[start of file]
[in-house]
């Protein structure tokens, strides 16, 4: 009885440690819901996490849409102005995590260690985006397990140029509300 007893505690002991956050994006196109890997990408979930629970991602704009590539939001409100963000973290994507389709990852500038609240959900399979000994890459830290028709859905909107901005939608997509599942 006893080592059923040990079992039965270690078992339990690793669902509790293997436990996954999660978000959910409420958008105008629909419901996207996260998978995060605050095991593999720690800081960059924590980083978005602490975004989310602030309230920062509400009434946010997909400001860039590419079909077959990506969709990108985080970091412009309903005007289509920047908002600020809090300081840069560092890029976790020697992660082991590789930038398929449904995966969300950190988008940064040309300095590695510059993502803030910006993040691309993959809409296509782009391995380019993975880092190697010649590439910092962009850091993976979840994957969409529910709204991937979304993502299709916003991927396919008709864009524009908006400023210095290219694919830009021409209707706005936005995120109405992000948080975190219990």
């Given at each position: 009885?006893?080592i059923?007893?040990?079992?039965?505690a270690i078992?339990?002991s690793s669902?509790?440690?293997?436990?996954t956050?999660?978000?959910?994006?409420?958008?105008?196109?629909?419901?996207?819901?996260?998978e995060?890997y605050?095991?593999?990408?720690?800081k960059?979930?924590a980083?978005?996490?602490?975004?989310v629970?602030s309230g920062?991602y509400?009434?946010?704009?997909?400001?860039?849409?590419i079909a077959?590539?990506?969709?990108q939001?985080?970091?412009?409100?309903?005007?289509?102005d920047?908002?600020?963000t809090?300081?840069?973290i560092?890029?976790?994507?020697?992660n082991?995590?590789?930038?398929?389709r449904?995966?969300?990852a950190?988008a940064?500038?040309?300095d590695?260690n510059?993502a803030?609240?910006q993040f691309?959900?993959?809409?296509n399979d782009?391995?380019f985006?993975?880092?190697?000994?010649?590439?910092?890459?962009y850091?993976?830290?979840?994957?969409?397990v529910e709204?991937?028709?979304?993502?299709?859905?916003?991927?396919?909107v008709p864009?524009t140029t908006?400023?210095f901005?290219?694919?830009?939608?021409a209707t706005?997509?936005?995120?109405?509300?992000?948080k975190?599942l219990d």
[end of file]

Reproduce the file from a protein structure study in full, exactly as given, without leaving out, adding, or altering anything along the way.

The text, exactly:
[in-house]
């Protein structure tokens, strides 16, 4: 009885440690819901996490849409102005995590260690985006397990140029509300 007893505690002991956050994006196109890997990408979930629970991602704009590539939001409100963000973290994507389709990852500038609240959900399979000994890459830290028709859905909107901005939608997509599942 006893080592059923040990079992039965270690078992339990690793669902509790293997436990996954999660978000959910409420958008105008629909419901996207996260998978995060605050095991593999720690800081960059924590980083978005602490975004989310602030309230920062509400009434946010997909400001860039590419079909077959990506969709990108985080970091412009309903005007289509920047908002600020809090300081840069560092890029976790020697992660082991590789930038398929449904995966969300950190988008940064040309300095590695510059993502803030910006993040691309993959809409296509782009391995380019993975880092190697010649590439910092962009850091993976979840994957969409529910709204991937979304993502299709916003991927396919008709864009524009908006400023210095290219694919830009021409209707706005936005995120109405992000948080975190219990």
């Given at each position: 009885?006893?080592i059923?007893?040990?079992?039965?505690a270690i078992?339990?002991s690793s669902?509790?440690?293997?436990?996954t956050?999660?978000?959910?994006?409420?958008?105008?196109?629909?419901?996207?819901?996260?998978e995060?890997y605050?095991?593999?990408?720690?800081k960059?979930?924590a980083?978005?996490?602490?975004?989310v629970?602030s309230g920062?991602y509400?009434?946010?704009?997909?400001?860039?849409?590419i079909a077959?590539?990506?969709?990108q939001?985080?970091?412009?409100?309903?005007?289509?102005d920047?908002?600020?963000t809090?300081?840069?973290i560092?890029?976790?994507?020697?992660n082991?995590?590789?930038?398929?389709r449904?995966?969300?990852a950190?988008a940064?500038?040309?300095d590695?260690n510059?993502a803030?609240?910006q993040f691309?959900?993959?809409?296509n399979d782009?391995?380019f985006?993975?880092?190697?000994?010649?590439?910092?890459?962009y850091?993976?830290?979840?994957?969409?397990v529910e709204?991937?028709?979304?993502?299709?859905?916003?991927?396919?909107v008709p864009?524009t140029t908006?400023?210095f901005?290219?694919?830009?939608?021409a209707t706005?997509?936005?995120?109405?509300?992000?948080k975190?599942l219990d």